Stuart Lancaster (rugby union)

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Stuart Lancaster
Stuart Lancaster 2013 (cropped).jpg
Date of birth (1969-10-09) 9 October 1969 (age 45)
Place of birth Penrith, Cumbria, England
School St. Bees School
University Carnegie College
Occupation(s) Teacher
Rugby union career
Playing career
Position Hooker / Flanker
Professional / senior clubs
Years Club / team Caps (points)
1988–91
1991–92
1992–98
1998–2000
1999
Wakefield RFC
Headingley RFC
Leeds RUFC
Leeds Tykes
Anti-Assassins

106
correct as of 28 June 2015.
National team(s)
Years Club / team Caps (points)
1988
1989
1991
Scotland Students
Scotland U19
Scotland U21
1
1
1
(0)
(0)
(0)
correct as of 28 June 2015.
Coaching career
Years Club / team
2001–05
2005–07
2008–10
2008–11
2011–Present
Leeds RFU Academy
Leeds Carnegie (Director of Rugby)
England (Elite Rugby Director)
England Saxons
England
correct as of 28 June 2015.
Rugby union career

Stuart Lancaster (born 9 October 1969) is the Head Coach of the English national rugby union team, a position he has held since 2011, of which he is contracted as until 2020.[1]

Rugby career[edit]

Playing[edit]

Born in Penrith, Cumbria, Lancaster grew up in the small town of Culgaith, where he was sent to St. Bees School. He started his rugby playing career at the school playing for the 1st XV. He started in the front row as a hooker, although at the age of 15, he moved to flanker where he played his best rugby. After leaving school in 1988, Lancaster headed to Carnegie College in Leeds to train as a PE Teacher, while continuing his rugby career playing for Wakefield RFC. After qualifying in 1991, he began teaching at Kettlethorpe High School and started playing for Headingley RFC. When Headingley merged with Roundhay RUFC, Lancaster joined the newly formed team Leeds RFU, where he would plain the remainder of career. In 1998, he took a substantial leave from teaching to become a full-time professional rugby player with Leeds Tykes, of which he became the first Leeds player to play a century of games since the amalgamation of Headingley and Roundhay, and was named captain of newly branded team.

Though Lancaster has not represented a country, though his Scottish Mother, Lancaster played for Scotland Students, Scotland U19 and Scotland U21. He was expected to make his full international debut for the Scotland senior side, but at the age of 30, Lancaster was forced to retire through injury. A teenage Tom Palmer, who would later play under Lancaster, hit a tackle bag that Stuart was holding, tearing his hamstring off the bone completely.[2][3]

Honors[edit]

Wakefield RFC

Coaching[edit]

After retiring in 2000, Lancaster ran the Leeds RFU Academy for five years from 2001. However, in 2006 after Leeds Tykes were relegated after the 2005–06 Guinness Premiership season, Lancaster replaced Phil Davies as head coach before the 2006–07 National Division One.[4] In Lancaster's debut season, he led Leeds to promotion following with 122 points.[5] The victory was with out high profile plays like Justin Marshall and Iain Balshaw. Now back in the top flight English rugby competition, Leeds Carnegie - the re-named title of the club - remained bottom of the table for the whole season, only getting 2 victories from 22, and were relegated at the end of the 2007–08 Guinness Premiership season. Lancaster later departed the club after being appointed RFU's Elite Rugby Director.[6]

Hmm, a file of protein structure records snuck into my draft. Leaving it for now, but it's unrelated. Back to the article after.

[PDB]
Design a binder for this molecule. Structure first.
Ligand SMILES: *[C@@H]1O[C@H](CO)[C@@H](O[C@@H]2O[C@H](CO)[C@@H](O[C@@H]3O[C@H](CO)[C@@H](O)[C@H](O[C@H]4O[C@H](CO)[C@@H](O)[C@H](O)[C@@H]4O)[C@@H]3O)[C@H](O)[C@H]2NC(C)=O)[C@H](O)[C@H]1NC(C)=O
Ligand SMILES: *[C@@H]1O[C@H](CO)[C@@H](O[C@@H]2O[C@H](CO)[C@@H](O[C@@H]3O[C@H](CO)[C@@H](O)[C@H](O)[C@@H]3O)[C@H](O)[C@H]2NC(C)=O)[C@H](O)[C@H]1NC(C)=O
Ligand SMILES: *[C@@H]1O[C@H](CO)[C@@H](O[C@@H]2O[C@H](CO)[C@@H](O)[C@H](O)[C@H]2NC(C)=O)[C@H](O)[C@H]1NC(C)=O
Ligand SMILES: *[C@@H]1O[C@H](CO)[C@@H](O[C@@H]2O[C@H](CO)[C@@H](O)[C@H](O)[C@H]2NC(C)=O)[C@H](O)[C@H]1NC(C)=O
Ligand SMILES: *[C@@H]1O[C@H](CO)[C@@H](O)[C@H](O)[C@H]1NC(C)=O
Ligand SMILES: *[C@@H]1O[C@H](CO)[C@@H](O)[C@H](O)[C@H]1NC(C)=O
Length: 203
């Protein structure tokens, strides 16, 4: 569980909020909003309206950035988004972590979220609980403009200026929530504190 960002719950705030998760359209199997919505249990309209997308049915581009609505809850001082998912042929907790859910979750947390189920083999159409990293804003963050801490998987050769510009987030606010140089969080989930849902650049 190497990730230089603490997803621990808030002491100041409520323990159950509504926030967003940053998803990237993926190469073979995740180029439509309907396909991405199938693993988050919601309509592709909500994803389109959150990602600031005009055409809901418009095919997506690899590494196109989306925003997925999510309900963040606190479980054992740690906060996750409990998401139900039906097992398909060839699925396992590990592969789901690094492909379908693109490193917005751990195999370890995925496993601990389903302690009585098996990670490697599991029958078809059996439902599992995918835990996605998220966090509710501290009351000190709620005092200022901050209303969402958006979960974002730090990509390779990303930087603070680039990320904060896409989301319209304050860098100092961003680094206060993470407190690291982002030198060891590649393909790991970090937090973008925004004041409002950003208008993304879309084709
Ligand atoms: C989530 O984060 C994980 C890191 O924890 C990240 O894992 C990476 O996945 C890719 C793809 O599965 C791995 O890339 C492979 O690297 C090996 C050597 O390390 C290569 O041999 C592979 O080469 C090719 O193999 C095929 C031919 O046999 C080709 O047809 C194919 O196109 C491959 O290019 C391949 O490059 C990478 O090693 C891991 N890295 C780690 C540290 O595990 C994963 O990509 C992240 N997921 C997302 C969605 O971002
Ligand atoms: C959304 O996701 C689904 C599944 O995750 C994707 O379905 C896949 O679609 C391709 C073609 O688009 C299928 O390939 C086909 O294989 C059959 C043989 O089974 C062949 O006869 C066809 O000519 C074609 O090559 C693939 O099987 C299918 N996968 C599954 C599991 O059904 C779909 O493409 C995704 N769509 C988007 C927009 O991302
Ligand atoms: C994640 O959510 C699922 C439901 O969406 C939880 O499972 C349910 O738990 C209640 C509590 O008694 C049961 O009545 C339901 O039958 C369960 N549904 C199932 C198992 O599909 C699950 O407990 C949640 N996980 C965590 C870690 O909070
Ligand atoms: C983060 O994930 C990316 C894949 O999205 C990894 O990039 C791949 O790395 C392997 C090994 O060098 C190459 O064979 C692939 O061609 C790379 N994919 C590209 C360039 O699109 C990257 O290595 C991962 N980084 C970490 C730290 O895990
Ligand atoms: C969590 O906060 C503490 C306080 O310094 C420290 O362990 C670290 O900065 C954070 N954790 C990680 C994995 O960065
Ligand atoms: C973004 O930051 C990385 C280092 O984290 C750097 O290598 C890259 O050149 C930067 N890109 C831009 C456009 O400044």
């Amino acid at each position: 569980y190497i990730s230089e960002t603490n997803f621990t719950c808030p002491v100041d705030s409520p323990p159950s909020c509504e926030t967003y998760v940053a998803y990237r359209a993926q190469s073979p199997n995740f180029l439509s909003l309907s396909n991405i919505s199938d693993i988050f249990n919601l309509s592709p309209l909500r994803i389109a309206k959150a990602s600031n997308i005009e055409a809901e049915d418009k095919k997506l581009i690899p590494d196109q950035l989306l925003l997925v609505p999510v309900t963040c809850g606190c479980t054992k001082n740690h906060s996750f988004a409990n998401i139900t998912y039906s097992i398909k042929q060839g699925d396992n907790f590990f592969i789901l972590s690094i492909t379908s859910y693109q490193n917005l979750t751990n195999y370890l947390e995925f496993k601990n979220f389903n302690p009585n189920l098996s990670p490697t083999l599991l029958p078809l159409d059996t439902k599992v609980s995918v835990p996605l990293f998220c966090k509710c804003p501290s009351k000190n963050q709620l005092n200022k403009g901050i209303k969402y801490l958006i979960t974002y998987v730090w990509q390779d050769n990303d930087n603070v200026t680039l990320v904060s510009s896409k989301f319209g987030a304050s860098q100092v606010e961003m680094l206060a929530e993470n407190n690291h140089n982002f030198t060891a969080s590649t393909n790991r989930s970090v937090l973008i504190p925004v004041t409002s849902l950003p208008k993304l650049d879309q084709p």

Appointment to the England RFU[edit]

Rob Andrew, the RFU's Elite Rugby Director announced Lancaster's appointment on 6 May 2008 stating "This is a very important appointment for the department. Stuart brings Guinness Premiership coaching experience and is also one of the coaches who has achieved the Elite Coaching Level 5 qualification." The move was taken poorly by the owners of Leeds Carnegie the club where he was Director of Rugby before joining the RFU, who felt they should have been contacted regarding the appointment.[7]

Part of Lancaster's role was to develop younger players, which saw Lancaster coach the England Saxons during the 2008 Churchill Cup winning campaign. This included a 62–10 win over the United States and a 34–12 win over the Ireland Wolfhounds, to set up a Cup Final against Scotland A, of which England Saxons won 36–19.[8][9] Lancaster returned to role for the 2010 Churchill Cup, which saw the Saxons win all three of their matches including the cup final against Canada, winning 38–18.[10] He oversaw the Saxons sixth winning campaign during the 2011 Churchill Cup, which for the first time England hosted. The winning campaign included a record 87–8 victory over the United States and a 41–14 win over Tonga. They beat Canada for a second consecutive year, winning 37–6 at the Sixways Stadium in Worcester.[11] In addition to the England Saxsons, Lancaster also oversaw an impressive period for the England U20's team, which included a grand slam victory during the 2011 Six Nations Under 20s Championship and three finals berths in the IRB Junior World Championship between 2008 and 2011.

England Head Coach[edit]